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June 4, 2004     Cape Gazette
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June 4, 2004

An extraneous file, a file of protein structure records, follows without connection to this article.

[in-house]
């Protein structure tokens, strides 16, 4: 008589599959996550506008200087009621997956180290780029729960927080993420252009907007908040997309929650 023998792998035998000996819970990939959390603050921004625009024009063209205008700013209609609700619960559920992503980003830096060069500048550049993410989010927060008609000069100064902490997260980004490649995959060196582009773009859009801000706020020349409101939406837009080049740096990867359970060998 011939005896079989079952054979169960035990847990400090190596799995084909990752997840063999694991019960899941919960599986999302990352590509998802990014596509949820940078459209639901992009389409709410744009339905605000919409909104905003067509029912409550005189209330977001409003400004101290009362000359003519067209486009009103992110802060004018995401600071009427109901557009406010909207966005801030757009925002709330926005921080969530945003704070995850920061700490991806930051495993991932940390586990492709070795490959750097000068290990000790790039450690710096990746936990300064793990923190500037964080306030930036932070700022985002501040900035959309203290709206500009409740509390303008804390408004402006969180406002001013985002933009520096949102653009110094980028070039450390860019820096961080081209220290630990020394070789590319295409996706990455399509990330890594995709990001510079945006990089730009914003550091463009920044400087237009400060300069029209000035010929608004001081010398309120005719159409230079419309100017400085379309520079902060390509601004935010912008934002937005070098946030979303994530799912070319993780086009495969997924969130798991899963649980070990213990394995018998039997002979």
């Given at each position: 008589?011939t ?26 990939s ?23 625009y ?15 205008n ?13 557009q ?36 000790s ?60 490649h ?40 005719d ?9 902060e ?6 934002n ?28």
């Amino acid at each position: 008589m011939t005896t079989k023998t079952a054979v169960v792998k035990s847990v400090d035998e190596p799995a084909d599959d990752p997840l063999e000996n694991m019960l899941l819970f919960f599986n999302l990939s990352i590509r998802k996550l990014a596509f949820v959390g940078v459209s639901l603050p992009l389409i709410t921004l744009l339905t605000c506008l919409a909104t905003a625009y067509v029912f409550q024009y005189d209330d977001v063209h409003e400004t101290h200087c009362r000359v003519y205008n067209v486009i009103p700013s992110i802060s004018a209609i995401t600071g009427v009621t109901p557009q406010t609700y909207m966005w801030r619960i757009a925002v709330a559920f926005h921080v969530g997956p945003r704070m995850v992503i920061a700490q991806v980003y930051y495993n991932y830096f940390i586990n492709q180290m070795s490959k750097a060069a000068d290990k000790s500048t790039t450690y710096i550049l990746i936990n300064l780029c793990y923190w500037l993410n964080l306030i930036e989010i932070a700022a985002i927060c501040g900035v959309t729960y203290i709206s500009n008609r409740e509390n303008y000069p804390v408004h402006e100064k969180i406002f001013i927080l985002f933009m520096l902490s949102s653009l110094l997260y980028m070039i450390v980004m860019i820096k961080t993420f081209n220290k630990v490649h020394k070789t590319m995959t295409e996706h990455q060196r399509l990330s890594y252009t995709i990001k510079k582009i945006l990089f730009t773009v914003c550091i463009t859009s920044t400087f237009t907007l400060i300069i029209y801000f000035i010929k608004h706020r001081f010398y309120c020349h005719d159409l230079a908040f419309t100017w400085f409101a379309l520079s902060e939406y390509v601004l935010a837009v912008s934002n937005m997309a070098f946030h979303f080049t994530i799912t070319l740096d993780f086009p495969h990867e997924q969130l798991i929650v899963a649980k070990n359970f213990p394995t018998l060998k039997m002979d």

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Milton preservation committee supports demolition moratorium By Rosanne Pack At the initial meeting of the Milton Historic Preservation Committee, members agreed to recommend a temporary moratori- um on demolition within the town's historic district. The moratorium would be in ef- fect until a Milton historic preser- vation ordinance is adopted. The recommendation will go to town council for review and discussion at the Monday, June 7, meeting. The newly named committee will inform Mayor Jack Bushey and council members that they support such a moratorium and recommend that it be imposed un- til at least Dec. 6, with the option of an extension until an ordinance is complete. Stephanie Parker, chair of the committee, said al- lowing for the potential of an ex- tension is important. She said it would be difficult to judge how long the ordinance process will take, including development and adaptation, hearings and reviews that will be required before adop- tion. The demolition issue was raised after more than 150 residents sub- mitted a petition to council re- questing a temporary moratorium be in place until historic preserva- tion ordinances could be complet- ed. The petition was introduced at the May 3 council meeting. The petition listed concerns with unregulated demolitions of buildings, both residential and commercial, that have historic merit. It stated that developers and speculators are looking at Milton as a location where property can be purchased at a reasonable price, cleared of older structures and sold at a profit as unimproved property without regard for histor- ical and cultural value of demol- ished buildings. The three committee members attending the first meeting, Parker, Jerry Hudson and Dick Greig, be- gan a review of a draft ordinance Hudson prepared. Among issues to be determined are the exact boundaries of the present Historic Preservation District and how property owners can petition to be included. Since the additional members, Don Post and George Short, could not attend the May 13 meeting, it was decided that all members would be given an opportunity to review the draft before further dis- cussion. The committee will re- port to town council on their progress and with recommenda- tions. The committee will meet in June, but a date has not been an- nounced. CAPE GAZETTE, Friday, June 4 - June 10, 2004 19 HUGE SALE IN PROGRESS Groin Continued from page 1 attorney Eugene Bayard said his clients tried to negotiate a settle- ment with the Sierra Club, but didn't have any response from them. "We didn't hear anything from the Sierra Club, and then the Environmental Appeals Board let the case drag on for more than two years without hearing it," said Bayard. "So we took it to Superior Court for a ruling. The Environmental Appeals Board attorney said the board was han- dling several big cases and could- n't get to it. I argued that at least the board should have set a hear- ing date within the mandated 30- day time period and opened the hearing, if only for a few minutes, just to meet the state code as described in Title 7, Section 6007. The hearing, that law states, must be scheduled and opened within 180 days of the appeal being filed." Superior Court Judge Henley Graves listened to argument last month from both sides of the groin issue and ruled in favor of North Shores, stating in his ruling that the five-member Environmental Appeals Board waited "way too long" to hear the case. Graves' ruling put a halt to the scheduled May 25 hearing by the appeals board. "My main argument about the groin itself has been that there are 18 groins between Dewey Beach and Cape Henlopen," said Bayard. "How can anybody claim that this one groin is keeping all the sand from reaching Cape Henlopen State Park? That's an awful big stretch, to single one groin out of 18." Bayard also noted his observa- tion that despite the existence of those 18 groins along the ocean, sand still is sweeping northward. "Anyone can go to Cape Henlopen and see the huge island of sand that's been formed around the point in recent years. The sand is moving north; it's just going around the point before it stops." Bayard said he feels the Graves decision is good for his clients. He also said the picture painted in court of how the Environmental Appeals Board has handled the scheduling of its many cases is an ominous one. "In the big picture, I'm wondering how many other key environmental appeals cases - important ones for Delaware - could be effected by this ruling. What will this do to Motiva I and Motiva II? Will they be thrown out, too? It doesn't look real good for the big picture." Deputy Attorney General Kevin Slattery did not return a phone message, June 3, asking for com- ment on the issues Bayard raised. OFF and more p ... We have tt all. . [WQN//j Resort Furnishings ,t Outlet lrices! J k   1312 Highway One, Lewes, DE 19958 (302) 644-4233- Daily 10 - 5 Milton preservation committee supports demolition moratorium By Rosanne Pack At the initial meeting of the Milton Historic Preservation Committee, members agreed to recommend a temporary moratori- um on demolition within the town's historic district. The moratorium would be in ef- fect until a Milton historic preser- vation ordinance is adopted. The recommendation will go to town council for review and discussion at the Monday, June 7, meeting. The newly named committee will inform Mayor Jack Bushey and council members that they support such a moratorium and recommend that it be imposed un- til at least Dec. 6, with the option of an extension until an ordinance is complete. Stephanie Parker, chair of the committee, said al- lowing for the potential of an ex- tension is important. She said it would be difficult to judge how long the ordinance process will take, including development and adaptation, hearings and reviews that will be required before adop- tion. The demolition issue was raised after more than 150 residents sub- mitted a petition to council re- questing a temporary moratorium be in place until historic preserva- tion ordinances could be complet- ed. The petition was introduced at the May 3 council meeting. The petition listed concerns with unregulated demolitions of buildings, both residential and commercial, that have historic merit. It stated that developers and speculators are looking at Milton as a location where property can be purchased at a reasonable price, cleared of older structures and sold at a profit as unimproved property without regard for histor- ical and cultural value of demol- ished buildings. The three committee members attending the first meeting, Parker, Jerry Hudson and Dick Greig, be- gan a review of a draft ordinance Hudson prepared. Among issues to be determined are the exact boundaries of the present Historic Preservation District and how property owners can petition to be included. Since the additional members, Don Post and George Short, could not attend the May 13 meeting, it was decided that all members would be given an opportunity to review the draft before further dis- cussion. The committee will re- port to town council on their progress and with recommenda- tions. The committee will meet in June, but a date has not been an- nounced. CAPE GAZETTE, Friday, June 4 - June 10, 2004 19 HUGE SALE IN PROGRESS Groin Continued from page 1 attorney Eugene Bayard said his clients tried to negotiate a settle- ment with the Sierra Club, but didn't have any response from them. "We didn't hear anything from the Sierra Club, and then the Environmental Appeals Board let the case drag on for more than two years without hearing it," said Bayard. "So we took it to Superior Court for a ruling. The Environmental Appeals Board attorney said the board was han- dling several big cases and could- n't get to it. I argued that at least the board should have set a hear- ing date within the mandated 30- day time period and opened the hearing, if only for a few minutes, just to meet the state code as described in Title 7, Section 6007. The hearing, that law states, must be scheduled and opened within 180 days of the appeal being filed." Superior Court Judge Henley Graves listened to argument last month from both sides of the groin issue and ruled in favor of North Shores, stating in his ruling that the five-member Environmental Appeals Board waited "way too long" to hear the case. Graves' ruling put a halt to the scheduled May 25 hearing by the appeals board. "My main argument about the groin itself has been that there are 18 groins between Dewey Beach and Cape Henlopen," said Bayard. "How can anybody claim that this one groin is keeping all the sand from reaching Cape Henlopen State Park? That's an awful big stretch, to single one groin out of 18." Bayard also noted his observa- tion that despite the existence of those 18 groins along the ocean, sand still is sweeping northward. "Anyone can go to Cape Henlopen and see the huge island of sand that's been formed around the point in recent years. The sand is moving north; it's just going around the point before it stops." Bayard said he feels the Graves decision is good for his clients. He also said the picture painted in court of how the Environmental Appeals Board has handled the scheduling of its many cases is an ominous one. "In the big picture, I'm wondering how many other key environmental appeals cases - important ones for Delaware - could be effected by this ruling. What will this do to Motiva I and Motiva II? Will they be thrown out, too? It doesn't look real good for the big picture." Deputy Attorney General Kevin Slattery did not return a phone message, June 3, asking for com- ment on the issues Bayard raised. OFF and more p ... We have tt all. . [WQN//j Resort Furnishings ,t Outlet lrices! J k   1312 Highway One, Lewes, DE 19958 (302) 644-4233- Daily 10 - 5